Ibis Gardens residents beg for help to repair collapsed Caroni embankment

The content originally appeared on: Trinidad and Tobago Newsday

Residents of Ibis Gardens, Caroni gather on the Caroni river bank to show how much of it has fallen in on Friday. – Darren Bahaw

Vishanna Phagoo

The drop in water levels of the Caroni River, at Ibis Gardens, has revealed the extend of erosion and residents fear if left untouched the next heavy shower will spell disaster for the entire community.

A significant portion of the southern embankment has collapsed into the riverbed after torrential rains over the last few days and with more rain forecast over the weekend residents fear the worst.

Andre Ramsahai, who lives a few houses away from the potential disaster at Jacobin Drive, said: “The real issue for me comes is if there is heavy rainfalls because then that’s it, I would be done.”

Right now, the bank only has around 18 inches of reinforcement left and Ramsahai said if heavy rainfall continues, the entire bank will be gone.

Personnel from the Housing Development Corporation visited on Saturday to survey the damage and one official said emergency works are necessary to protect the community of over 150 families, some of whom live in one-storey houses.

Ramsahai said the situation could have been avoided if the authorities had addressed their reports made two months ago when the first signs of weakness of the embankment occurred.

“A couple months ago we started seeing the river bank collapsing into the water so we indicated it to the relevant authorities. We spoke to the Ministry of Works and Transport and the reason for not showing up is always the same, there’s no funding.”

He said on Friday, representatives from the ministry visited the area and one official told him that there is nothing that can be done until the ministry acquires more funds for the repairs.

“I told the representative that was not an option because it have no way I could recover from the damage that I am going to experience.”

The collapsed embankment of the Caroni River at Ibis Gardens, Caroni which has sparked fear and concern among the residents on Saturday after the water levels dropped. – Darren Bahaw

Ramsahai, who is the owner of A&N Auto Centre, said if the conditions do not improve he isn’t sure what will happen to his equipment as they cannot be easily moved to higher grounds. He said if the river bank bursts and the water rushes to his home, there would be no way to protect his hydraulic ramps, compressors or generators and his business could be destroyed.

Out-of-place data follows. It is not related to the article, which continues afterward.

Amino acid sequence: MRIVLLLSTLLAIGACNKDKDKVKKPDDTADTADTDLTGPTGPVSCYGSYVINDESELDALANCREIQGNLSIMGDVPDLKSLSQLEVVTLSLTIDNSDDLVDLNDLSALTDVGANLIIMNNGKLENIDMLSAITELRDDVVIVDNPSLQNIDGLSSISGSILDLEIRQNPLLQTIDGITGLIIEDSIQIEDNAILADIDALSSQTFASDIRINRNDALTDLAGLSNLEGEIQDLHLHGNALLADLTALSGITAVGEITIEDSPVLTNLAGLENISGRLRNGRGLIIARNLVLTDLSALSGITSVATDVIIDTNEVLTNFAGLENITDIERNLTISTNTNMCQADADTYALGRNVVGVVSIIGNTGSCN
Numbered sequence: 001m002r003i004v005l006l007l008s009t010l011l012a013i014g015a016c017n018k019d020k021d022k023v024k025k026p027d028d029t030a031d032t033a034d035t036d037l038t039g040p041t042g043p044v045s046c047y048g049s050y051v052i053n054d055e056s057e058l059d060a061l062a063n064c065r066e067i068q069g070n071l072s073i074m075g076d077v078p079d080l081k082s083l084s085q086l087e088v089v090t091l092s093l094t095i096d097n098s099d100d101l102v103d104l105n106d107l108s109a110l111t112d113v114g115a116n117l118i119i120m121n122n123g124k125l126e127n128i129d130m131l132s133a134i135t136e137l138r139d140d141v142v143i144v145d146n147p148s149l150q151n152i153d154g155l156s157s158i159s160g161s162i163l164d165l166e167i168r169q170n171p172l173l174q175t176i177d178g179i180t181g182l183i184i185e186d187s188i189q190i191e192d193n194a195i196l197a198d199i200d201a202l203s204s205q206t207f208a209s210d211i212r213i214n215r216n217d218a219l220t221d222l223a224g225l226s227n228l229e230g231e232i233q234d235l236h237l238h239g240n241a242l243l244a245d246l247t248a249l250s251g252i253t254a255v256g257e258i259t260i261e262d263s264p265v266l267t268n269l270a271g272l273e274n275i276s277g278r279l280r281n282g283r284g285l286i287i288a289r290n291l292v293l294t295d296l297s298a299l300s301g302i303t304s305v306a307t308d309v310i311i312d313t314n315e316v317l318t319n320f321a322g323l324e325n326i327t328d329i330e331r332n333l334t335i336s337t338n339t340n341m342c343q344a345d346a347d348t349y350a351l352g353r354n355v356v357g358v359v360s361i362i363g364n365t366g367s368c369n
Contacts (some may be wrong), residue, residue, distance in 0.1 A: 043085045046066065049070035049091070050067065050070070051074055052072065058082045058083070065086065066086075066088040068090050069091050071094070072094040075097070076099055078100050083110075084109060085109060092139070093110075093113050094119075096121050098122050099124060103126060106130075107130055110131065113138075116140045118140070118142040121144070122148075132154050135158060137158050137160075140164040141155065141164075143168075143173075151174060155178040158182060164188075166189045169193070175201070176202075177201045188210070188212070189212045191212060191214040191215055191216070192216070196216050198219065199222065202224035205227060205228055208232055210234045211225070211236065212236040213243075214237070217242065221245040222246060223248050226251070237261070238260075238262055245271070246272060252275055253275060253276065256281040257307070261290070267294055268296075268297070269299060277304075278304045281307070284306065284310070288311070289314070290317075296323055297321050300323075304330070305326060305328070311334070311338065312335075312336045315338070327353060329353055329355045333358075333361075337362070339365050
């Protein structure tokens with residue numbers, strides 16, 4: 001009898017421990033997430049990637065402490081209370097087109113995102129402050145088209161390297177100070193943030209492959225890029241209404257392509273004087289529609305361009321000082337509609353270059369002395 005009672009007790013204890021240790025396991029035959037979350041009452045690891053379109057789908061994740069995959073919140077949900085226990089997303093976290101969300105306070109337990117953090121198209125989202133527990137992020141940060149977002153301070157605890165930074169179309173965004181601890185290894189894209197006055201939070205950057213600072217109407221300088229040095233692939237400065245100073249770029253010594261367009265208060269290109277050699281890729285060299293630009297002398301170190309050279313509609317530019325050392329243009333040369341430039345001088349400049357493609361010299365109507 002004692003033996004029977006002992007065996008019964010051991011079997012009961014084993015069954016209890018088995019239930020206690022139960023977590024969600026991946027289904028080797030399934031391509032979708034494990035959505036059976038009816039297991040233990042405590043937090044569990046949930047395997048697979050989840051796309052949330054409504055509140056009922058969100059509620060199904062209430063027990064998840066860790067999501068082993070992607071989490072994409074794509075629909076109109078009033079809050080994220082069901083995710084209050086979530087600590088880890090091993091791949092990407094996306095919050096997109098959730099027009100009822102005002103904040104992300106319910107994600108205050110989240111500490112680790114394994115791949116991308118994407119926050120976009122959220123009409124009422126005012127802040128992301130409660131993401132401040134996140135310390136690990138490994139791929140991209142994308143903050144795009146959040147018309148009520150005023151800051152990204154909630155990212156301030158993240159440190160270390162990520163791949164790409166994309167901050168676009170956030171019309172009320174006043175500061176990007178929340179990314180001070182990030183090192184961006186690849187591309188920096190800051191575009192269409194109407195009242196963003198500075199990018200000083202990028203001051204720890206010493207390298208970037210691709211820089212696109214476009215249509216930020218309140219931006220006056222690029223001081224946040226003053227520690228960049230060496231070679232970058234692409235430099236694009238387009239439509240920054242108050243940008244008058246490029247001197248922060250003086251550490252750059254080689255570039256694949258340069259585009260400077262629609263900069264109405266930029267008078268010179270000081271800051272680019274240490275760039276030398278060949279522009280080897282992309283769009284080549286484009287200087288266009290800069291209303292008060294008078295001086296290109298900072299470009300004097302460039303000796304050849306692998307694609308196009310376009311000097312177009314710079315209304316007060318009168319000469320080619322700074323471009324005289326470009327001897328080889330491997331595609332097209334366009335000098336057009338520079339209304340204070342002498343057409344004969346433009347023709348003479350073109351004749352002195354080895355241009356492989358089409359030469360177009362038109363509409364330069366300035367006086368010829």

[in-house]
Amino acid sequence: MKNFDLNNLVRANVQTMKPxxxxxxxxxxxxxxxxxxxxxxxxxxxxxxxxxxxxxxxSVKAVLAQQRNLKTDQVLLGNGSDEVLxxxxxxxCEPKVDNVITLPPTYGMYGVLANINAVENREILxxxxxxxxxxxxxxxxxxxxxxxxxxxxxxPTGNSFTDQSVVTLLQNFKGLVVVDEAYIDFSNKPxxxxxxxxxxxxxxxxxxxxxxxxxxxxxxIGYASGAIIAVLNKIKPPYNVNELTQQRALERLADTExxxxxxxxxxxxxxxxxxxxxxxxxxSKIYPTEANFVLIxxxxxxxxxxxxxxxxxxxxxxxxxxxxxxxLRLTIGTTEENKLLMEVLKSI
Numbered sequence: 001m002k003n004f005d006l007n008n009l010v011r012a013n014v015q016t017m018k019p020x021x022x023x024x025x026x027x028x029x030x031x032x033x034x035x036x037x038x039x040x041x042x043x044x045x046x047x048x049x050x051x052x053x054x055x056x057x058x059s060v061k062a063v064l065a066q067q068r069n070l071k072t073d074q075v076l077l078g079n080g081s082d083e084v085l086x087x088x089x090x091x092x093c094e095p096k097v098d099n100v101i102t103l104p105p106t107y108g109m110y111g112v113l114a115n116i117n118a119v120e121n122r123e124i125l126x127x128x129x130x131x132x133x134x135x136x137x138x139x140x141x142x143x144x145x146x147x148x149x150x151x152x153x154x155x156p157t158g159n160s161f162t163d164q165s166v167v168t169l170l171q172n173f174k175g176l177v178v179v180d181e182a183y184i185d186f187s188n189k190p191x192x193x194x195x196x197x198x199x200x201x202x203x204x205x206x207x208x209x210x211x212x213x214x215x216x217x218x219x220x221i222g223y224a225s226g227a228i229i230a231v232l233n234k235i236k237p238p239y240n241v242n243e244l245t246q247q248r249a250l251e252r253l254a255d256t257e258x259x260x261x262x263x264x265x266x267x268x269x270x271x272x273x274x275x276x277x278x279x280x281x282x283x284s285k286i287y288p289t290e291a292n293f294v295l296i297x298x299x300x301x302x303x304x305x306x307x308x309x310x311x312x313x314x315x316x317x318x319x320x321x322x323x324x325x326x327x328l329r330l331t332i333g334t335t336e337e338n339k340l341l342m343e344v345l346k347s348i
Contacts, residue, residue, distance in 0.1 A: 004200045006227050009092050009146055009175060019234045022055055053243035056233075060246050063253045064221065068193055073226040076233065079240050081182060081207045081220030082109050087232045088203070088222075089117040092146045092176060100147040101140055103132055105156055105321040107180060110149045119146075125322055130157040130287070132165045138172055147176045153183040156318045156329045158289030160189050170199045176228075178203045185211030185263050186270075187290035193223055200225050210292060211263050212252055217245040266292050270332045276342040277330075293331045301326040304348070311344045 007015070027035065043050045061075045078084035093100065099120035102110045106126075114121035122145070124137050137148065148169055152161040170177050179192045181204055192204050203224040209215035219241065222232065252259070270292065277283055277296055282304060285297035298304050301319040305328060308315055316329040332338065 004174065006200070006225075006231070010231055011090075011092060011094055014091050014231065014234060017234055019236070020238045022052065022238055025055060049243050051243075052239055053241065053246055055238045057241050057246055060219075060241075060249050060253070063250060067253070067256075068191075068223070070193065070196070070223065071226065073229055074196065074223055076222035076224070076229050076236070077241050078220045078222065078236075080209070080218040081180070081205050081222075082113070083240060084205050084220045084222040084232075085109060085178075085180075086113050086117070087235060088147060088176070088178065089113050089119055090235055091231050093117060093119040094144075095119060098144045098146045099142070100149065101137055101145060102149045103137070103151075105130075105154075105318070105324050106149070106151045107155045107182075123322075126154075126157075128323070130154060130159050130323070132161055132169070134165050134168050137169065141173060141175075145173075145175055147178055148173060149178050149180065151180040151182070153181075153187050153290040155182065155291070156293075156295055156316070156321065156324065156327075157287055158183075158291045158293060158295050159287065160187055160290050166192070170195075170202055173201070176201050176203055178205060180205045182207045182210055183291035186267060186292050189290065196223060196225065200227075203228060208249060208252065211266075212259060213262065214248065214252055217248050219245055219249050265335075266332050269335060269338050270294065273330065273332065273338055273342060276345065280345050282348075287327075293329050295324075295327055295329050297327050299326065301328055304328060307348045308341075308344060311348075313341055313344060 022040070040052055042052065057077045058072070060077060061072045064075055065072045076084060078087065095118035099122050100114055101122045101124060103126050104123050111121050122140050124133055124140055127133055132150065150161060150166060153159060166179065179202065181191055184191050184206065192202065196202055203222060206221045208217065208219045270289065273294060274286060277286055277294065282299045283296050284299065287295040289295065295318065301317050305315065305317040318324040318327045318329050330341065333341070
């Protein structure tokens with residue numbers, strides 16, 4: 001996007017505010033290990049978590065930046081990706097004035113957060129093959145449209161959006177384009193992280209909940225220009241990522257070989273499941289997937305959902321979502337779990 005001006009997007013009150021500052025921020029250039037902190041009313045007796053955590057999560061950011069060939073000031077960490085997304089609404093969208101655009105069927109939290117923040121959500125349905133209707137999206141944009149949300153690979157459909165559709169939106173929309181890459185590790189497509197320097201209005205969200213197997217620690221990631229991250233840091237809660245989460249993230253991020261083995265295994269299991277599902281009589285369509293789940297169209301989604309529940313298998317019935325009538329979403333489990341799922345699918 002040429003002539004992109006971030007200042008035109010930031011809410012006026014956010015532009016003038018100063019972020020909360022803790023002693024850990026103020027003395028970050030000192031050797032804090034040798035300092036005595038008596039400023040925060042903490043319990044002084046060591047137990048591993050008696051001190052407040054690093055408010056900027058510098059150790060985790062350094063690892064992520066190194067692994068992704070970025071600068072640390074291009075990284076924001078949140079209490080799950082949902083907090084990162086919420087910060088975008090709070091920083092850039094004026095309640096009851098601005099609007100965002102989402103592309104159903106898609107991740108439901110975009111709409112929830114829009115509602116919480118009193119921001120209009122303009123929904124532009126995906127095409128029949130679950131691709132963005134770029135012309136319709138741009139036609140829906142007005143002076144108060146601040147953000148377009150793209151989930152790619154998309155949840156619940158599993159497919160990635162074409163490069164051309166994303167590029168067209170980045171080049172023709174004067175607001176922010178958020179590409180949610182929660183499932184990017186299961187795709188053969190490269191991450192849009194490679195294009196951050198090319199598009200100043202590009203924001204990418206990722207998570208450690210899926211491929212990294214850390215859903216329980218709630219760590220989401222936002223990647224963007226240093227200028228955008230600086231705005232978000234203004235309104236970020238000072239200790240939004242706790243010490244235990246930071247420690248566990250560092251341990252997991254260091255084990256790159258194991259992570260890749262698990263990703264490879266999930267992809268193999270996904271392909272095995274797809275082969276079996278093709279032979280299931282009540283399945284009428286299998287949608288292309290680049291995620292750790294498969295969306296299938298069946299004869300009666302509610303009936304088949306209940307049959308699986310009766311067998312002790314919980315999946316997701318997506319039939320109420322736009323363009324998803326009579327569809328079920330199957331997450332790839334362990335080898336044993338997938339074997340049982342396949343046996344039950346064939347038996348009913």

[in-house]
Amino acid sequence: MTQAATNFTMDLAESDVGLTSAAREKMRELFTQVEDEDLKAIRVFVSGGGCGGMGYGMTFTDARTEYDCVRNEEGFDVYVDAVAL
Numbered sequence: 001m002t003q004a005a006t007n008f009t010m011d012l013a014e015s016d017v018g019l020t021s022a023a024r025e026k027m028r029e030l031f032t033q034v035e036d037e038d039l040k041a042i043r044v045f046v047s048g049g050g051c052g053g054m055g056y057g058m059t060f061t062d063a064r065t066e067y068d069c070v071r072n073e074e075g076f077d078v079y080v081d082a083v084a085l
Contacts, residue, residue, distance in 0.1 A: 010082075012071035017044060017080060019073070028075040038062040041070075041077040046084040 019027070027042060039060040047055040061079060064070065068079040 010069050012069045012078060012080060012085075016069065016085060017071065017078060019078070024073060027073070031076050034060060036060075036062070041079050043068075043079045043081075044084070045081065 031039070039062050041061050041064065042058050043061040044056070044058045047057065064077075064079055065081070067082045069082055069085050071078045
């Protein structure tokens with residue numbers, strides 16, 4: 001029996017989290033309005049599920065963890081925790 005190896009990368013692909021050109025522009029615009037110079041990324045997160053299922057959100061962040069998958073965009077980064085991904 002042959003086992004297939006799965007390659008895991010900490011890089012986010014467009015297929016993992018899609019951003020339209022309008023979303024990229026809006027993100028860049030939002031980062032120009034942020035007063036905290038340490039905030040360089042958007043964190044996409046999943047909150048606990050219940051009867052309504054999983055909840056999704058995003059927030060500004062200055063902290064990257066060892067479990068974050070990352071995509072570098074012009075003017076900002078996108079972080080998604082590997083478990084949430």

Another resident took it upon himself to make everyone in the area aware of the imminent danger by going door-to-door and showing them videos and pictures of the depleted river bank. He said it was alarming that 20-feet of river bank became 18 inches overnight and the residents must be aware of it.

Jerome Moses said, “If nothing is done to restore the bank, they (the residents) wouldn’t just be flooded out, they would have to go up on the roof.”

He said there would be no protection between the residents and that volume of water. Moses said everyone in the area has been calling the ministry and other relevant agencies, but no one could never relay their concerns.

“Every time you call, they give us another number to someone who is in charge of whichever department and so on but no help. Nobody seems to do anything, it’s like the people in charge of drainage, rivers and waterways in the country are not in charge any more. I don’t know what it is.”

Moses expressed his frustration and urged the residents to understand that if the conditions remain the same, lives will be in danger and treading the water will not be an option.

Chaguanas West MP Dinesh Rambally reassured residents that he is in talks with Works and Transport Minister Rohan Sinanan, Minister of Local Government and Rural Development Faris Al-Rawi and the councillors and chairman of the Tunapuna/Piarco Regional Corporation.

“I am in real-time communication with all of them concerning what has taken place so what I expect and hoping is that the permanent fixtures can get going as early as Monday morning with some remedial steps along the old Caroni River. This is so we don’t have that breach as it was the key source of the large flow and volume of water coming into the village.”

He said he also expects to see the flood slabs along the river wall fixed as that also contributed to the overflowing in the breached areas. Rambally said the work should be completed by Wednesday as it only requires placing 12 to 15 loads of backfill along the river. In addition to building back the river bank, he said the corporation will be working on expanding the outflow drain which is along New Street, Caroni.

On Saturday morning, he and councillor Richard Rampersad were distributing cleaning supplies and drinking water before any major clean-ups can take place.

“The corporation gave me the assurance that it will be deploying a minimum of two cesspool trucks. What will happen is the trucks will go to the homes that were greatly affected try to extract the permitted amount of water,” he said.

Rambally urged residents to understand that it is not “business as usual” when it comes to flooding in Caroni and said people need to be proactive in flood prevention.

“We also need to take certain steps in ensuring that certain homes are fully aware of what is expected of them so that they can implement the necessary evacuation measures.”

Sunday Newsday tried contacting Sinanan and the private contractor Vigai Persad, who had been asked by the ministry to assess the site on Friday, for comments but all attempts were unsuccessful.